5. Yell for help. A child should not answer this call.
  6. Remove the pan from heat.  Stir in baking soda and vanilla and stir briskly.  Mixture will foam up.  Keep stirring. (TIPS: This is why you used a large pan. If you didn’t use a large pan your mixture might bubble out of the pan and onto the counter.  This is not a good thing. Under no circumstances should you touch the hot, Hot HOT mixture.)
  7. Being very careful and using your best hot mitts to protect your hands and arms, immediately pour mixture onto the warm and greased cookie trays.  If anyone answered your call for help have them spread the peanut brittle as thinly as possible across the trays. (TIPS: Do not get burned.  Do not burn your helper.  Banish all pets and children from the area. Do not touch the pan. Do not touch the peanut brittle.)
  8. Put the pans of peanut brittle in the warm oven for 2-3 minutes. This should help the peanut brittle spread evenly over the bottom of the pans.
  9. Remove pans from oven and let sit until cold and hard.
  10. Break brittle into pieces and store in airtight containers at room temperature for a month or more.
  11. Pat yourself on your back for a job well done.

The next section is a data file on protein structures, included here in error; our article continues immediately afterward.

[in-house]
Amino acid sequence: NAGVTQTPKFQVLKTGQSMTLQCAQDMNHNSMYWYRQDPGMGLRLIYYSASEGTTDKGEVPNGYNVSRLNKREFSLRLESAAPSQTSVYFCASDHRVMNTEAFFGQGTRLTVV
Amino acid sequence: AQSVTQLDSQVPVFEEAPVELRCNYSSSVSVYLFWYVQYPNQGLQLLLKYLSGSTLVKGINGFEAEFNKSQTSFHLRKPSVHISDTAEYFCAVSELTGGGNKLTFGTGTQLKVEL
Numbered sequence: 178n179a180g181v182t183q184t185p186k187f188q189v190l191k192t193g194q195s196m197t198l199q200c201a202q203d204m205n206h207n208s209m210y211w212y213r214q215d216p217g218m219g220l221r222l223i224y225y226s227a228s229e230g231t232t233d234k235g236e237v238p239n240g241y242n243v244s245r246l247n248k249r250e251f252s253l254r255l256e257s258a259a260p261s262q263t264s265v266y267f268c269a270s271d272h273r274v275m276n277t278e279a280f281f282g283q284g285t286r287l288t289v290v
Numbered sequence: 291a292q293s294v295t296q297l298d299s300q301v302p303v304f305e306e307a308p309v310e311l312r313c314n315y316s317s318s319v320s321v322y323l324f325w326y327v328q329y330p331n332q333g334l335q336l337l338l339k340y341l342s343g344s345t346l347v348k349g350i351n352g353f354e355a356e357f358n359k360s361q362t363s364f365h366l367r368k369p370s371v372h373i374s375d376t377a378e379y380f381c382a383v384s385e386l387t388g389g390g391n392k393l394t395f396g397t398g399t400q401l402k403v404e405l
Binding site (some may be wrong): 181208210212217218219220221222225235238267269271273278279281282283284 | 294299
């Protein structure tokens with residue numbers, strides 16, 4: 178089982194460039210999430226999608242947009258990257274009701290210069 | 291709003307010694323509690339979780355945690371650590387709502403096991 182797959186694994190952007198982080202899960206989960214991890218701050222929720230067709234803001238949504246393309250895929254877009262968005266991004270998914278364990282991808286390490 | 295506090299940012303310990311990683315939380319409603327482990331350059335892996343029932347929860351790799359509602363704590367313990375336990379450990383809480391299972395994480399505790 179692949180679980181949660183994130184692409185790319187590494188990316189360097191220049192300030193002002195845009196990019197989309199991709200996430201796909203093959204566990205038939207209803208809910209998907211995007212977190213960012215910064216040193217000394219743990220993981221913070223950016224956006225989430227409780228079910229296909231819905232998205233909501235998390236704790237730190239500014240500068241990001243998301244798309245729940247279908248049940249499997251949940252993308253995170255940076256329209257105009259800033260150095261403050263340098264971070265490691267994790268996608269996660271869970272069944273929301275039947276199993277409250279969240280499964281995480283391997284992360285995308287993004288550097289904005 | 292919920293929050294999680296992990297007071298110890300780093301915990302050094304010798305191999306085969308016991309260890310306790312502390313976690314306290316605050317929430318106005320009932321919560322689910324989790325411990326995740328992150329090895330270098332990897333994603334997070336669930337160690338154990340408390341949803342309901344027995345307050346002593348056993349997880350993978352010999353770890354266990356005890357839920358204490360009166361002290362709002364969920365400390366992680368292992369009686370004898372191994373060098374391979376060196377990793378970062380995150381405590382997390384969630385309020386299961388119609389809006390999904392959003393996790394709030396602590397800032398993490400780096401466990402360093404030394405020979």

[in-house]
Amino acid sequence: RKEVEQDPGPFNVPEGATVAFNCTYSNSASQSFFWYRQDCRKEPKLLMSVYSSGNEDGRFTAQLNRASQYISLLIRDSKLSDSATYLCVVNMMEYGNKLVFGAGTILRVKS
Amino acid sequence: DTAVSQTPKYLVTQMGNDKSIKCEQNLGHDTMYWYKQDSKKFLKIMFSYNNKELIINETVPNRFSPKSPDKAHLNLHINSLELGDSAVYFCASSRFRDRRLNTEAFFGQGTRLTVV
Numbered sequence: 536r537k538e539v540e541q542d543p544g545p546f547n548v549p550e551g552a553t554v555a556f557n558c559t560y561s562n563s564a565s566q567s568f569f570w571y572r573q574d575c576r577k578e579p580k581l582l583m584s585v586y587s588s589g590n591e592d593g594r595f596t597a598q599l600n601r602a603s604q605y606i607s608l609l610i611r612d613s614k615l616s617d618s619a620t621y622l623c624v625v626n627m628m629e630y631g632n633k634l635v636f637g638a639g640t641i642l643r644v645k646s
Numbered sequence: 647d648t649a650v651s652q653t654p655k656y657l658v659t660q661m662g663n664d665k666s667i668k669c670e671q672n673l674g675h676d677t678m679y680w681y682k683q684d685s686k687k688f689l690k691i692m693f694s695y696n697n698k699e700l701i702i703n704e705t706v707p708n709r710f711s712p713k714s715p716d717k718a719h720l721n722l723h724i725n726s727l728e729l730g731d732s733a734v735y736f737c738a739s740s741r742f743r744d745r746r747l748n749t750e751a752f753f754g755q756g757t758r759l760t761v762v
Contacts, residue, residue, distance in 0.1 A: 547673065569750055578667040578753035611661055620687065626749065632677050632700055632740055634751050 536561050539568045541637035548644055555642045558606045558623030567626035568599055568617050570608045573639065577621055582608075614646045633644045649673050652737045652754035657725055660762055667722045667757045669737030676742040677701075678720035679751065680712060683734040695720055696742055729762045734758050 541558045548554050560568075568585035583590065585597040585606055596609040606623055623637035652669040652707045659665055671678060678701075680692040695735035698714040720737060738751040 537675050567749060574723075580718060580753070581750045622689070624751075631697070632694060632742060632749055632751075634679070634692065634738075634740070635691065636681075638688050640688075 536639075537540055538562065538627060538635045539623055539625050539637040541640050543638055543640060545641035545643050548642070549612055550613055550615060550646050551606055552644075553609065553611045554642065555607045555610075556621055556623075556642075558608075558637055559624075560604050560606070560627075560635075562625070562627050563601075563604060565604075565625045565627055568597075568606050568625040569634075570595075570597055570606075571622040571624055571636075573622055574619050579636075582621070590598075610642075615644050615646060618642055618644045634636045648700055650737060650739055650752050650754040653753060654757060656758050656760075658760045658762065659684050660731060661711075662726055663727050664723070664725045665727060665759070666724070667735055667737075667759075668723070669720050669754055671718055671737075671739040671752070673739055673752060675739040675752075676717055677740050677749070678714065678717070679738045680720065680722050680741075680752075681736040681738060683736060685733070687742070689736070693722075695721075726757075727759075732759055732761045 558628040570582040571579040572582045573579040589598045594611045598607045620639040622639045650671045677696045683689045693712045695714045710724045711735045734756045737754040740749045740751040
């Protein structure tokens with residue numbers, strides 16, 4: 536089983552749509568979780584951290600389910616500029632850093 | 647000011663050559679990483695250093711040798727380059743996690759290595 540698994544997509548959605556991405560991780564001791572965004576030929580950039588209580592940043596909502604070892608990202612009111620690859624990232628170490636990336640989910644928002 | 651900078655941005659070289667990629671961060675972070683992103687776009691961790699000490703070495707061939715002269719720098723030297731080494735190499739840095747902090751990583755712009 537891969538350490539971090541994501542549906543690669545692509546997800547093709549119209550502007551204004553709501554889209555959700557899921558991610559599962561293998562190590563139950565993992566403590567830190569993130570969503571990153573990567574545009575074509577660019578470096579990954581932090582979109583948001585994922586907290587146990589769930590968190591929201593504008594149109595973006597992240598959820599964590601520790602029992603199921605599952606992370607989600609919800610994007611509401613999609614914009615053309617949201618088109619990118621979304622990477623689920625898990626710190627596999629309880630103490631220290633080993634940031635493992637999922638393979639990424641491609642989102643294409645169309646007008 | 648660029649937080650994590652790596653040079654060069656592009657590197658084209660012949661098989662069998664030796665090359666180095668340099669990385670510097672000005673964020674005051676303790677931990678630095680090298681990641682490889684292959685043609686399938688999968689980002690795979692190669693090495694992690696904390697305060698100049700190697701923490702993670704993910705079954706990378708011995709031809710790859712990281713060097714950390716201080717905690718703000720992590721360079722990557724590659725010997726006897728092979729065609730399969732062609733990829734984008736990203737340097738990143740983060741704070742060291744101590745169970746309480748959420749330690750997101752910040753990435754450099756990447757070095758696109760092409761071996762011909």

That’s IT!  I hope this recipe helps you make the most delicious Peanut Brittle ever!
Thanks for stopping by my kitchen today!

04 Jun 2011 Frozen Bananas

Such an easy recipe, and one you’ll probably use all summer long, assuming the weather gets better.  June 4th here in San Jose, and it rained all day!  Unbelievable, but we ate frozen bananas for dessert anyway!  They were a hit.  I only wish we had waited 5 minutes for the bananas to soften a bit before we tore into them.  You can see the frost on the bananas in these pictures!  On hot days you won’t have to wait so long…

I’ve been making frozen bananas for a decade or so, and have decided that Hershey’s Special Dark is the best chocolate to compliment the taste of the banana (odd, since I am usually a milk chocolate devotee). There are a variety of toppings the chocolate covered banana can be rolled in.  The most popular, in my experience, are toasted coconut, chopped peanuts, and rainbow jimmies.  Other options include leaving them plain (for the boring people in your crowd!) chopped peanut butter chips, mini M&M’s, cookie crumbs, granola, and any kids cereal.  IMHO, bananas+cereal+bit of chocolate= a special summer breakfast.  I think your kids might nominate you for mom/pop-of-the-year, if you agreed with me!  Just think; frozen bananas as a special treat for a summer birthday (or for a summer half birthday for winter birthday kids–as all my kids were), or for the first day of summer vacation, or to celebrate the summer solstice…

Frozen Bananas